ART

Pablo Picasso’s ghost painting

Infrared analysis of early work ‘The Blue Room’ has revealed a portrait painted underneath

The mystery man beneath Pablo Picasso's ‘The Blue Room.’
The mystery man beneath Pablo Picasso's ‘The Blue Room.’

Pablo Picasso’s The Blue Room was not as blue as it seemed. The masterpiece, which dates from Picasso’s early period and hangs at The Phillips Collection in Washington DC, has revealed a hidden image after being analyzed using infrared light.

This imaging technique has allowed scientists and art experts to discover a preliminary painting of a man wearing a bow-tie and three rings, with his face resting in his hand.

Now, the question being asked by museum curators is: who is he? The mystery of Picasso’s ghost is still an open case.

This is not the first time that infrared imagery has uncovered hidden paintings under existing canvases

The Málaga artist finished this work around 1901, at the beginning of his career. He was living in Paris, where he produced a series of paintings whose predominant color was blue, reflecting feelings of despair, solitude and melancholy. The pessimism that pervaded Picasso’s life was being transferred to his art.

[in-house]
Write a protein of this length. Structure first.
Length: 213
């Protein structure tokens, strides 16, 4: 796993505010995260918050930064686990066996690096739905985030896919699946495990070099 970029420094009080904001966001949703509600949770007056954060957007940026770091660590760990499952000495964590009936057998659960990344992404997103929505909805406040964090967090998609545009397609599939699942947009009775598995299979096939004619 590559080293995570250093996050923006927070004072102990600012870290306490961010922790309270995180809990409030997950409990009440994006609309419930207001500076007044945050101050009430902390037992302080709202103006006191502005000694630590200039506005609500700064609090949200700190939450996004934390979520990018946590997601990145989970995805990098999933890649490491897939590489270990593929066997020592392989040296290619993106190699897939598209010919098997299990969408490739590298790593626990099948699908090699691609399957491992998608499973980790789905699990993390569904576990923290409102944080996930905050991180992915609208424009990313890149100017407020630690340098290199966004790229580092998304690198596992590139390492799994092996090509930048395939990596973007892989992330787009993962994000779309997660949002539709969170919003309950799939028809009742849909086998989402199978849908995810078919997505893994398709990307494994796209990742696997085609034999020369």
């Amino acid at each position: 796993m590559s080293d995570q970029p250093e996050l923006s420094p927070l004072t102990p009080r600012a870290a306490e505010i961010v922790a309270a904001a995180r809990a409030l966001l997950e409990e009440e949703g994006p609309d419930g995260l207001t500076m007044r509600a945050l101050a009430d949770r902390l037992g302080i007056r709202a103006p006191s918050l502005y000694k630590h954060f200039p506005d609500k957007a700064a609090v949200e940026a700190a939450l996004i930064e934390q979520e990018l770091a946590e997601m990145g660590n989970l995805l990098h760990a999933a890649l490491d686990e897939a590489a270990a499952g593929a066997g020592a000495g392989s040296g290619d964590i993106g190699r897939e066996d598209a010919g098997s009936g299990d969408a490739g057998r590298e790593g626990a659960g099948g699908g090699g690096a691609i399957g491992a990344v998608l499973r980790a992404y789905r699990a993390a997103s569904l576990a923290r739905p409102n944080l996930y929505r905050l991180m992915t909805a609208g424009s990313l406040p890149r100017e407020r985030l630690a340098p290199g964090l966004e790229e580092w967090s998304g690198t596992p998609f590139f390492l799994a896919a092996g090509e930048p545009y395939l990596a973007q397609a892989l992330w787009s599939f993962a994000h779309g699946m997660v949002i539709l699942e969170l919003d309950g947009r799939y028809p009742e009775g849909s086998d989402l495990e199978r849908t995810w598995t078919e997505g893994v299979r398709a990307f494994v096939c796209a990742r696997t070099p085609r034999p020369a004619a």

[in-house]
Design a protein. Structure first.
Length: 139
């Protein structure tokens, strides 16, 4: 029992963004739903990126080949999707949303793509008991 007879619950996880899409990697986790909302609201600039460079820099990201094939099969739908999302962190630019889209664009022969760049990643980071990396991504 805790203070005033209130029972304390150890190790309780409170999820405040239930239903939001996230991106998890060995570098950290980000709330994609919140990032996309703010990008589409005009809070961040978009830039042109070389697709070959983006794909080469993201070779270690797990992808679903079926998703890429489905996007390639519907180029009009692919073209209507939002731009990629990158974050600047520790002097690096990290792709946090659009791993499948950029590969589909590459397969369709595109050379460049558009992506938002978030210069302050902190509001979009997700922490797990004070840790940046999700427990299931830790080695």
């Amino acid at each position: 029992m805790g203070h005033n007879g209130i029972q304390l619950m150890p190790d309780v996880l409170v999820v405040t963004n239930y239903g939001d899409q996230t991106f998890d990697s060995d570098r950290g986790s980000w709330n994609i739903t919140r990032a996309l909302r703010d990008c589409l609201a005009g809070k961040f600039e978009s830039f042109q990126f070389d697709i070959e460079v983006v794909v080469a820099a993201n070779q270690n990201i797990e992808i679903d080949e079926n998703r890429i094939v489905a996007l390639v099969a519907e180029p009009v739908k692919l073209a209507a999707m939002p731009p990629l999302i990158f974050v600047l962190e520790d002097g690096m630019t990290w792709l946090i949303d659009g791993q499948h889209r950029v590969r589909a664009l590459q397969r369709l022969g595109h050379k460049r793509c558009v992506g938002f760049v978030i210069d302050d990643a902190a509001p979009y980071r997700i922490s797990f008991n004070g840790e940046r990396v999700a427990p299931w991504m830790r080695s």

This is not the first time that infrared imagery has uncovered hidden paintings under existing canvases. In 2011, the Rijksmuseum in Amsterdam found a concealed work by Goya, painted by the Spanish artist under the Portrait of Ramón Satué (1823). The figure lying beneath it was painted between 1809 and 1813. The find was made possible by a new technique combining X-rays and fluorescence, developed jointly by the Antwerp University in Belgium and the Delft University of Technology in the Netherlands.

Another old master, Rembrandt, was found to have concealed a portrait beneath his Old Man in Military Costume (1630-1631), which hangs at the J. Paul Getty Museum in L.A. Meanwhile, experts at the Victoria & Albert Museum discovered a hidden landscape behind Branch Hill Pond: Hampstead (1828) by John Constable. Most recently, a portrait of a beautiful young woman emerged beneath The Last of Old Westminster (1862) by James McNeill Whistler.

It was probably Van Gogh who recycled his own canvases the most. Experts believe that at least a third of his paintings conceal further paintings. In 2008, a team of Belgian and Dutch scientists discovered one such ghost painting, which had remained concealed for 121 years. An X-ray generated by a particle accelerator allowed researchers to reconstruct the portrait of a peasant woman, painted by Van Gogh around 1885 and concealed behind Patch of Grass. The image is surprisingly similar to a series of dark portraits made by the artist in the Dutch town of Nuenen, where he created The Potato Eaters, his first great masterpiece.